He was soon winning awards for a series on suburban life in north Atlanta, “The Golden Ghetto,” and as one of the reporters of the series, “Two Atlantas- -Living in Limbo,” an in-depth look at race relations and a follow-up to an earlier series.
He reported from Plains, Georgia, election night 1976 when Jimmy Carter was elected president, and from Washington, D.C., that January for Carter’s inauguration. He wrote on homelessness in Atlanta, and later helped edit and direct a team of reporters covering the South.
“One of our duties was to guide coverage of every hurricane that whipped through the region,” said Keith Graham, then an editor on the national desk. “Ron was especially adept at pulling together files from reporters in the field and assembling them into a coherent main piece, usually with the bylines going to a couple of the reporters out braving the storms.”
The work that produced the most dramatic reform began when Taylor reported that the Atlanta Zoo had sold a sickly, 12-year-old elephant named Twinkles to a traveling circus, where she died in a trailer. He and then-reporter Susan Faludi followed up with articles about Kodiak bears the zoo had lent out turning up dead in a roadside menagerie, zoo personnel making rabbit stew from animals intended for the children’s zoo and raising chickens and pigs for slaughter.
Filthy conditions, inhumane treatment and incompetent management gave way when the stories provoked public outrage and city leaders mounted an effort to re-make the facility into Zoo Atlanta, considered first-class.
Taylor “had an innate sense for human interest, honesty, and humor,” said his co-author Leonard Ray Teel, a former Journal reporter who teaches journalism at Georgia State University. “He had grown up interested in people’s stories. As a journalist he listened to not just two sides, but many, and then pieced together the full story, with style.”
Their book, Into the Newsroom, influenced students and working journalists around the world, translated into Arabic, Chinese, Spanish and Armenian. Overseas English editions reached students from India to Nigeria.
In recent years, Taylor devoted vacations to traveling to the Middle East and North Africa where he taught Arab journalists and students eager to learn American standards.
He left print journalism for AJC.com around 2003, which required him to master code for posting stories and photos. “It was a learning curve most people on the print side weren’t willing to tackle,” said Hyde Post, former vice president for the Internet at the Atlanta Journal-Constitution.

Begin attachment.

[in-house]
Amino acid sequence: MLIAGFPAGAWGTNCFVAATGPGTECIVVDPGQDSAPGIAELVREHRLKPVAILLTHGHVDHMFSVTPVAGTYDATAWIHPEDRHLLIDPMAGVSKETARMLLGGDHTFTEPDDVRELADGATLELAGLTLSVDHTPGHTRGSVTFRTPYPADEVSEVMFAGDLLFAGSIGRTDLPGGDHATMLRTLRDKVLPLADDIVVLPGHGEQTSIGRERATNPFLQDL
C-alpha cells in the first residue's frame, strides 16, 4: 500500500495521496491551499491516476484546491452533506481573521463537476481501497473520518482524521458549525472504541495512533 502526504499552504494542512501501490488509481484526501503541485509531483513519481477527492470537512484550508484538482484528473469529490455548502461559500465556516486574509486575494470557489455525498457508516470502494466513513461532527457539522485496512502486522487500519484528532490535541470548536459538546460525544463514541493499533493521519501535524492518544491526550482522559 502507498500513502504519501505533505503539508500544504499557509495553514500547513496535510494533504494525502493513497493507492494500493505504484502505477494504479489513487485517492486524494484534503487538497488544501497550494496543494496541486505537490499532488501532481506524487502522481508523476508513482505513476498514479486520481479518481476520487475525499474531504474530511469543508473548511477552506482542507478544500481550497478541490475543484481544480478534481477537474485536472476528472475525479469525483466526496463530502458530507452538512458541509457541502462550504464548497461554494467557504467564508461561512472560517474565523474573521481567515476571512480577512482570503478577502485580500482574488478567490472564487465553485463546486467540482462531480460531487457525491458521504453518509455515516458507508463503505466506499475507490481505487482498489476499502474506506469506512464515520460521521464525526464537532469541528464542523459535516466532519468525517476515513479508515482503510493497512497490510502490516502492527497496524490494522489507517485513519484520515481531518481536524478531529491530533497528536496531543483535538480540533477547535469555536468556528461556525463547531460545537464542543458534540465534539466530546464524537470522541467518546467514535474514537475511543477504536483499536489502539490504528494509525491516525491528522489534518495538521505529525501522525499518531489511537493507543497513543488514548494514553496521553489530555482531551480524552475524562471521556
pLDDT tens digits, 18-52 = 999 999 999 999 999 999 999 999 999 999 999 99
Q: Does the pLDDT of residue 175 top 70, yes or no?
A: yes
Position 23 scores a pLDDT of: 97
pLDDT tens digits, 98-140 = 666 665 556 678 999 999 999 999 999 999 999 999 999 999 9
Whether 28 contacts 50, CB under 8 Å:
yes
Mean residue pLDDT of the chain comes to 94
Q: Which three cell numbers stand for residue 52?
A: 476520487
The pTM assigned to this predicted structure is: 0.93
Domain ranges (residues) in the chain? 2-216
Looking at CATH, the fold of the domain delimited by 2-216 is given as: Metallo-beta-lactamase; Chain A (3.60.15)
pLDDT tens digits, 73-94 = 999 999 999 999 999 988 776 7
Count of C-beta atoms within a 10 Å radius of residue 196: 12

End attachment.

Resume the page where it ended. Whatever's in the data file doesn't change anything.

Known among his coworkers and friends for his contagious laugh, his easy smile and his quick, off-beat humor, Taylor was an avid hiker and camper. “He wasn’t the most athletic hiker that ever hit the trail, but he sure did like it,” said Post, one of his hiking partners. “He was intrepid.”
Taylor regularly organized “camp-outs” at the Blue Ridge spread of former Journal reporter, Johnny Turner and his wife, Dianne, posting hilarious memos on the newspaper’s bulletin board inviting whomever wished to come.
Taylor also loved music, said his son, who lives in Atlanta. When Alex was 13, his dad took him and some friends to see The Clash, whose album, Sandinista! was a favorite of both father and son.
After retiring from the Atlanta newspapers in 2009, Taylor continued to write for the Atlanta-based web publication, LikeTheDew.com. One recent piece, “Reflections on Cairo in Calmer Times,” was his memoir of the city when he taught there before the revolution.
“I have visited Cairo four times, and I have made friends there. It remains one of my favorite cities for the very reasons some people don’t like it: It is old, a little dirty and full of restless people. And there is nothing more awesome than viewing the Sphinx and the Pyramids of Giza for the first time, even with a Kentucky Fried Chicken just across the street.
“When last we were in Cairo, we rented a horse and carriage to cross the bridge after visiting the U.S. Embassy and managed to beat most of the suicidal rush-hour traffic back to our hotel. The sky was clear and the Nile was steel blue except for the occasional faluka taking tourists for a river ride.”
Taylor leaves his son, Alex; daughter-in-law, Elizabeth Strickler; and grandson, Cassius Seanor Taylor; all of Atlanta. He is also survived by his sister, Angela; brother-in-law Dale Mitchell, both of Summerville; niece Stephanie Griffin; her husband Bryan; their three children, all of Huntsville, Alabama.
Southcare Cremation and Funeral Society is handling his cremation. The family invites friends and admirers to gather at Manuel’s Tavern in Atlanta on Wednesday, June 6, beginning at 6 p.m., to memorialize him.
The family asks that any memorial contributions be made to CURE Childhood Cancer, 1117 Perimeter Center West, Ste. N-402, Atlanta, GA 30338 | 800 443-CURE.